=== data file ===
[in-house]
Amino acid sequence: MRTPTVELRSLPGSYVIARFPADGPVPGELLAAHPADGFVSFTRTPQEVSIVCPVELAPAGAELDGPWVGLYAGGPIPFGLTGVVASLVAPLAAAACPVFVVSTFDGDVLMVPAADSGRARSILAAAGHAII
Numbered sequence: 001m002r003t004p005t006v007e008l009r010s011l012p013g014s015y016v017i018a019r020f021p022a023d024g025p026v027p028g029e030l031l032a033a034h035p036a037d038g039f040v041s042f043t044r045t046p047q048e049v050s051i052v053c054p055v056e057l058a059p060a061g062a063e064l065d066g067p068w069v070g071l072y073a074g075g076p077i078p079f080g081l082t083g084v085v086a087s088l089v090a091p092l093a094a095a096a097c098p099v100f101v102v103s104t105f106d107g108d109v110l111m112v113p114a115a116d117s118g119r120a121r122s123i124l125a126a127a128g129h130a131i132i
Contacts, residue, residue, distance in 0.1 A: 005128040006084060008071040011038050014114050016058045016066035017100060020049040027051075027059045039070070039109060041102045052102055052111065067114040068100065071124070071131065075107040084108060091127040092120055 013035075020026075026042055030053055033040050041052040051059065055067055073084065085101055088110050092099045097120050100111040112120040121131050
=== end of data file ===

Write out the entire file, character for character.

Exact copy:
[in-house]
Amino acid sequence: MRTPTVELRSLPGSYVIARFPADGPVPGELLAAHPADGFVSFTRTPQEVSIVCPVELAPAGAELDGPWVGLYAGGPIPFGLTGVVASLVAPLAAAACPVFVVSTFDGDVLMVPAADSGRARSILAAAGHAII
Numbered sequence: 001m002r003t004p005t006v007e008l009r010s011l012p013g014s015y016v017i018a019r020f021p022a023d024g025p026v027p028g029e030l031l032a033a034h035p036a037d038g039f040v041s042f043t044r045t046p047q048e049v050s051i052v053c054p055v056e057l058a059p060a061g062a063e064l065d066g067p068w069v070g071l072y073a074g075g076p077i078p079f080g081l082t083g084v085v086a087s088l089v090a091p092l093a094a095a096a097c098p099v100f101v102v103s104t105f106d107g108d109v110l111m112v113p114a115a116d117s118g119r120a121r122s123i124l125a126a127a128g129h130a131i132i
Contacts, residue, residue, distance in 0.1 A: 005128040006084060008071040011038050014114050016058045016066035017100060020049040027051075027059045039070070039109060041102045052102055052111065067114040068100065071124070071131065075107040084108060091127040092120055 013035075020026075026042055030053055033040050041052040051059065055067055073084065085101055088110050092099045097120050100111040112120040121131050